The Free Dictionary  
mailing list For webmasters
Welcome Guest Forum Search | Active Topics | Members

Trichotillomania Options
Daemon
Posted: Friday, October 27, 2017 12:00:00 AM
Rank: Advanced Member

Joined: 3/7/2009
Posts: 22,026
Neurons: 66,081
Location: Inside Farlex computers
Trichotillomania

Also commonly known as TTM and "trich," trichotillomania is an impulse control disorder characterized by the repeated urge to pull out one's hair. Classified by many clinicians as a habit behavior that falls into the same class as nail biting, TTM has no cure but can sometimes be managed with habit reversal training and pharmacotherapy. It is estimated that up to 5% of the world's population has TTM. In recent years, the number of reported TTM cases has increased, a fact some attribute to what? More...
KSPavan
Posted: Friday, October 27, 2017 1:49:26 AM

Rank: Advanced Member

Joined: 1/28/2015
Posts: 2,005
Neurons: 1,975,780
Location: Kolkata, Bengal, India
Article of the Day
Trichotillomania
Also commonly known as TTM and "trich," trichotillomania is an impulse control disorder characterized by the repeated urge to pull out one's hair. Classified by many clinicians as a habit behavior that falls into the same class as nail biting, TTM has no cure but can sometimes be managed with habit reversal training and pharmacotherapy. It is estimated that up to 5% of the world's population has TTM.
raghd muhi al-deen
Posted: Friday, October 27, 2017 8:55:06 AM

Rank: Advanced Member

Joined: 4/19/2017
Posts: 759
Neurons: 68,526
Location: Baghdad, Mayorality of Baghdad, Iraq

trichotillomania
Also found in: Dictionary, Thesaurus, Medical, Financial, Acronyms, Encyclopedia.
Trichotillomania
Trichotillomania
Classification and external resources

A pattern of incomplete hair loss on the scalp of a person with trichotillomania
ICD-10 F63.3
ICD-9 312.39
DiseasesDB 29681
MedlinePlus 001517
eMedicine derm/433 ped/2298

Trichotillomania (pronounced /ˌtrɪkəˌtɪləˈmeɪniə/ TRIK-ə-TIL-ə-MAY-NEE-ə, also known as trichotillosis) is the compulsive urge to pull out (and in some cases, eat) one's own hair leading to noticeable hair loss, distress, and social or functional impairment. It is classified as an impulse control disorder by DSM-IV and is often chronic and difficult to treat.[1]

Trichotillomania may be present in infants, but the peak age of onset is 9 to 13. It may be triggered by depression or stress. Due to social implications the disorder is often unreported and it is difficult to accurately predict its prevalence; the lifetime prevalence is estimated to be between 0.6% (overall) and may be as high as 1.5% (in males) to 3.4% (in females). Common areas for hair to be pulled out are the scalp, eyelashes, eyebrows, arms, hands, and pubic hairs.

The name, coined by French dermatologist François Henri Hallopeau, derives from the Greek: trich- (hair), till(en) (to pull), and mania ("madness, frenzy").[2]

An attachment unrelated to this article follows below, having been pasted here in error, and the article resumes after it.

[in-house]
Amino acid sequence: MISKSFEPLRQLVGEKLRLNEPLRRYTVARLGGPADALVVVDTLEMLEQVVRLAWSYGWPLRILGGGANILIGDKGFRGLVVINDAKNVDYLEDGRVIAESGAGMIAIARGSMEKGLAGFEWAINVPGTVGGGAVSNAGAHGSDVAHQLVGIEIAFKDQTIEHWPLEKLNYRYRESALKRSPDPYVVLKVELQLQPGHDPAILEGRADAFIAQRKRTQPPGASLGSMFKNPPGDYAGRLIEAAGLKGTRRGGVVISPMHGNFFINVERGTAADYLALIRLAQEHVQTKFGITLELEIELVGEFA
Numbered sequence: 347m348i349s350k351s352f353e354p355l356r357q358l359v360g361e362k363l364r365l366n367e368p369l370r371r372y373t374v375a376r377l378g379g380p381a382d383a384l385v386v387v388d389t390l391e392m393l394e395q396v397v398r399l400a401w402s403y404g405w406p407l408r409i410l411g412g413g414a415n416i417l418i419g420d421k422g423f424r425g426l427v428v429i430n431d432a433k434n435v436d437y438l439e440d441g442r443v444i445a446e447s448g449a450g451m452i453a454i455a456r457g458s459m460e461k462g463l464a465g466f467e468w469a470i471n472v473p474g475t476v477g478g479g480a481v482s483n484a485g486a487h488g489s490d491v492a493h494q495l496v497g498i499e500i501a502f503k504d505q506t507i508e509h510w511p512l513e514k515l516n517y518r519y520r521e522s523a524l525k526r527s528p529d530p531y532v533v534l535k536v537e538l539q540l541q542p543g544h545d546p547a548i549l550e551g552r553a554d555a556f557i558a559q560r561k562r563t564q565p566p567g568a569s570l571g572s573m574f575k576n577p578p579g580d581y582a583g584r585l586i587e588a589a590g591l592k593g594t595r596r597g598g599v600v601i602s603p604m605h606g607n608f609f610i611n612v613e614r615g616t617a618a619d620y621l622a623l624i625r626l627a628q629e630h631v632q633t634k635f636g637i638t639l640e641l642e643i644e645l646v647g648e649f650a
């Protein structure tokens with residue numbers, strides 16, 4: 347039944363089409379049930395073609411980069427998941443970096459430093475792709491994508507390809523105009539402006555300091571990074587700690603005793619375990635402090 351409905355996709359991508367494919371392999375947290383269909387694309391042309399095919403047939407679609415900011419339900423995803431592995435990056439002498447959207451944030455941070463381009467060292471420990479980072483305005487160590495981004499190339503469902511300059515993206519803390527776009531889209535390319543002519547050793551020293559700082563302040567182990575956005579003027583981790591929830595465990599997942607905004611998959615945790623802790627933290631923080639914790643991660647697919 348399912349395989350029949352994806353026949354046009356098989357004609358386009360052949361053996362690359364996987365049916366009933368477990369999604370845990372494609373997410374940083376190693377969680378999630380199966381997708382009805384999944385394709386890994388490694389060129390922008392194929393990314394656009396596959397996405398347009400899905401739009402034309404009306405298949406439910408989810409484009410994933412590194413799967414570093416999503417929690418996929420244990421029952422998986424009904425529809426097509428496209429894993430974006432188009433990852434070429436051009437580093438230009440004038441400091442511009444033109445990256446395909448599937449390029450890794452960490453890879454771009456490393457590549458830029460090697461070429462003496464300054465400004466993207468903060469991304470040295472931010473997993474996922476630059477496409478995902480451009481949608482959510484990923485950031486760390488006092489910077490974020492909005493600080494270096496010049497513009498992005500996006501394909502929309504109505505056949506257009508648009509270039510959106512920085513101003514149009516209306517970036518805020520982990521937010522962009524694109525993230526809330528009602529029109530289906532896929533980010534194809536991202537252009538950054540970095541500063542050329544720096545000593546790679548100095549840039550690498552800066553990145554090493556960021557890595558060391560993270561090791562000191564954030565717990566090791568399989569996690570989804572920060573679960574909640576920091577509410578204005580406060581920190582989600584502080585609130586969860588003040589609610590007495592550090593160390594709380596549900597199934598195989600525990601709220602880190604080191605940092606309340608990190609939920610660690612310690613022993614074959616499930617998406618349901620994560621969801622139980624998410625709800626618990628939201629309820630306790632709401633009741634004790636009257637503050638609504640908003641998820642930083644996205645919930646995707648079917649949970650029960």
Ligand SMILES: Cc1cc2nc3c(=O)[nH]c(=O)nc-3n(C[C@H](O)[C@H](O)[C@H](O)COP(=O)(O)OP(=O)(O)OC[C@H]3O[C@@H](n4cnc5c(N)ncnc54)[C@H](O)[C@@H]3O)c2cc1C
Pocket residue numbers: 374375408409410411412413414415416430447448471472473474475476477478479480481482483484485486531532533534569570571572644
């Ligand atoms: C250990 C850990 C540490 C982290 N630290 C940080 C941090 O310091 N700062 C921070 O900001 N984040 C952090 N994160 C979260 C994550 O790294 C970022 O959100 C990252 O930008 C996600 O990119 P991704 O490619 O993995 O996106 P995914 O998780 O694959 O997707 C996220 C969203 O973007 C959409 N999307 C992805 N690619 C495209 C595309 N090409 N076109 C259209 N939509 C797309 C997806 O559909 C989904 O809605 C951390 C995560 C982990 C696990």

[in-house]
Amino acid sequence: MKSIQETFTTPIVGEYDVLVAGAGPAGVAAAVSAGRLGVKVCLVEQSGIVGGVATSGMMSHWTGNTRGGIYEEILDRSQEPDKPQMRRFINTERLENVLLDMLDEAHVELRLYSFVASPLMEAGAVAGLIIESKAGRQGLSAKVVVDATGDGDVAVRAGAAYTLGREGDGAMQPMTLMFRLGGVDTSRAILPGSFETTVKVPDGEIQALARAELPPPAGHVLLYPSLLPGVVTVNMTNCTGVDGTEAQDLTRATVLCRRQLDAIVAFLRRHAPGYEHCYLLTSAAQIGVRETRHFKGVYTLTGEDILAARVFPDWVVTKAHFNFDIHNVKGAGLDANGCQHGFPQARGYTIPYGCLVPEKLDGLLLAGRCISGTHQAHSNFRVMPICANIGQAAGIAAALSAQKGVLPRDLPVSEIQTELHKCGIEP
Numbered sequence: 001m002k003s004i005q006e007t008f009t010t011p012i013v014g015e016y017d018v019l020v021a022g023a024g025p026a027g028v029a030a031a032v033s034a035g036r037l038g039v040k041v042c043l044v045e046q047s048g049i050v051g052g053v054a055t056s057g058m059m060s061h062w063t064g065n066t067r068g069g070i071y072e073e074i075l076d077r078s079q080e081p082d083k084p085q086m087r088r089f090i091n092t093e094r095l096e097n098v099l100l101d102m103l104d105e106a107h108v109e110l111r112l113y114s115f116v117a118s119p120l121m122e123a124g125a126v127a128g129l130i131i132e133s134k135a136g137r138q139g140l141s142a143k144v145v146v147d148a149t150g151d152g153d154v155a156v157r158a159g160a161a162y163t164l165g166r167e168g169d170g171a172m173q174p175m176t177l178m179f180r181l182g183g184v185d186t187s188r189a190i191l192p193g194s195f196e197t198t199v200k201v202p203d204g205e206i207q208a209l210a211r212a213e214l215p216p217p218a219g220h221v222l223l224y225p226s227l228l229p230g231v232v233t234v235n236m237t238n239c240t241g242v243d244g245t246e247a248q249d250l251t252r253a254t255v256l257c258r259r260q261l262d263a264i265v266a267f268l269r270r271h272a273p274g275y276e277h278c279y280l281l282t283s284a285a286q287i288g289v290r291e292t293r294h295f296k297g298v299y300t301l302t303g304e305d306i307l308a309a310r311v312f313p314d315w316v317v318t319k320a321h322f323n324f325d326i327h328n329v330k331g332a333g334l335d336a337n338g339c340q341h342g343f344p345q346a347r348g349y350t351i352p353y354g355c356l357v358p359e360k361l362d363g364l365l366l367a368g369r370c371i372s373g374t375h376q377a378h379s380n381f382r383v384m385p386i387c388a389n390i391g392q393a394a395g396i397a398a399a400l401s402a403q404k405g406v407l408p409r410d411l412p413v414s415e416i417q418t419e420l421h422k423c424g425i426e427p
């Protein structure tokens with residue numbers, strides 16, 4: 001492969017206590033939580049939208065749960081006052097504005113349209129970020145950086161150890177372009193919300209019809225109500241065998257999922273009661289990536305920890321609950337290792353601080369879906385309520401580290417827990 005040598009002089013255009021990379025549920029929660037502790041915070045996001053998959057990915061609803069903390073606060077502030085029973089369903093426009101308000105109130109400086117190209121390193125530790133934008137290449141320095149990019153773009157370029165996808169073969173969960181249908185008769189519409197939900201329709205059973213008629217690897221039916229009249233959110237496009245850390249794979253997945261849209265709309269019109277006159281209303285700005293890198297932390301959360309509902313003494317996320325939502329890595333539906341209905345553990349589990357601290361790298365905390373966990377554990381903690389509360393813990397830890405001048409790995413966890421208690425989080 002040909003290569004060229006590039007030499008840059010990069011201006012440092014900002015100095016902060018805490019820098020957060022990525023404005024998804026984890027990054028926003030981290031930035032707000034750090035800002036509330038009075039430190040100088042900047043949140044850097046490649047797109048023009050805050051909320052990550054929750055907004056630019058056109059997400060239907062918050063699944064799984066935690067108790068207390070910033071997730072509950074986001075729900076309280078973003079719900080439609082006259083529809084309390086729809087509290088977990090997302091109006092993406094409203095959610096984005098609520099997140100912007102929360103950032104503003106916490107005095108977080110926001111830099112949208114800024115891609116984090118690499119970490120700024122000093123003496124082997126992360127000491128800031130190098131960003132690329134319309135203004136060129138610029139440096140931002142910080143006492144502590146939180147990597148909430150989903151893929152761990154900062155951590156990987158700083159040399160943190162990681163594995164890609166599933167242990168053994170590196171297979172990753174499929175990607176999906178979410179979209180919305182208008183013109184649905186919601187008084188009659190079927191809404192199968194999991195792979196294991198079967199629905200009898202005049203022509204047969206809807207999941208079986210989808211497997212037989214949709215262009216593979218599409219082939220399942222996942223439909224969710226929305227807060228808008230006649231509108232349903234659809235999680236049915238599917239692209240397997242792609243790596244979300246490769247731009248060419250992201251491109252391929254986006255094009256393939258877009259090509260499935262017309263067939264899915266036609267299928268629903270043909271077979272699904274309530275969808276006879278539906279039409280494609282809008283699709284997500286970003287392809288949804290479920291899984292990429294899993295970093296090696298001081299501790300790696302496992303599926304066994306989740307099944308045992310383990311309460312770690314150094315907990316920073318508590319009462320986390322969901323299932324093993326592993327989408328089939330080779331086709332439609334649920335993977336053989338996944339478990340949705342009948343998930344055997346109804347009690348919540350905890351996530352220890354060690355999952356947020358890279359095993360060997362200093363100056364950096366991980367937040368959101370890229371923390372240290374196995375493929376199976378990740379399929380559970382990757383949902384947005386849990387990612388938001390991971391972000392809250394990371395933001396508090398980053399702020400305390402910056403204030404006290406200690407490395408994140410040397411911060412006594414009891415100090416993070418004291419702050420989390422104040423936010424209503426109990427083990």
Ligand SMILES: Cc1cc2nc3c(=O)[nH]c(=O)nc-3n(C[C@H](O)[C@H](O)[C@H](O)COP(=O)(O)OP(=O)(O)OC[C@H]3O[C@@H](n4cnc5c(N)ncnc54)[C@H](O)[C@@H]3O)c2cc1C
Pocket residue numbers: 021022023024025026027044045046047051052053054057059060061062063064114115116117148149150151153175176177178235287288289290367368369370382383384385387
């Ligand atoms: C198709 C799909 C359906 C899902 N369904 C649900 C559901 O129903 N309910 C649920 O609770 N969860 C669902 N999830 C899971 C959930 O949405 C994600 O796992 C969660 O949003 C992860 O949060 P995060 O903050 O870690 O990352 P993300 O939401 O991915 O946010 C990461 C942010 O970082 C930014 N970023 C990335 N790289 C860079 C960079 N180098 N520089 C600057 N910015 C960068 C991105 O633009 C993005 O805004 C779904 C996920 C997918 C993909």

Classification

Trichotillomania is defined as a self-induced and recurrent loss of hair.[3] It includes the criterion of an increasing sense of tension before pulling the hair and gratification or relief when pulling the hair.[1] However, some people with trichotillomania do not endorse the inclusion of "rising tension and subsequent pleasure, gratification, or relief" as part of the criteria;[1] because many individuals with trichotillomania may not realize they are pulling their hair, patients presenting for diagnosis may deny the criteria for tension prior to hair pulling or a sense of gratification after hair is pulled.[3]

Trichotillomania may lie on the obsessive-compulsive spectrum, also encompassing obsessive-compulsive disorder, nail biting (onychophagia) and skin picking (dermatillomania), tic disorders and eating disorders. These conditions may share clinical features, genetic contributions, and possibly treatment response; however, differences between trichotillomania and OCD are present in symptoms, neural function and cognitive profile.[1] In the sense that it is associated with irresistible urges to perform unwanted repetitive behavior, trichotillomania

with my pleasure
fhaubert
Posted: Friday, October 27, 2017 11:41:42 AM

Rank: Newbie

Joined: 10/11/2017
Posts: 5
Neurons: 17,215
Location: Garopaba, Santa Catarina, Brazil
It has no cure??? If it is a behavior disorder, NLP (Neurolinguistic Programming) can deal with it. Why everything has to go to drugs and pharmacology? Yes, I know why. NLP cures that as well as many other behavior disorders, that's my point. Enjoy it!
Users browsing this topic
Guest


Forum Jump
You cannot post new topics in this forum.
You cannot reply to topics in this forum.
You cannot delete your posts in this forum.
You cannot edit your posts in this forum.
You cannot create polls in this forum.
You cannot vote in polls in this forum.

Main Forum RSS : RSS
Forum Terms and Guidelines. Copyright © 2008-2017 Farlex, Inc. All rights reserved.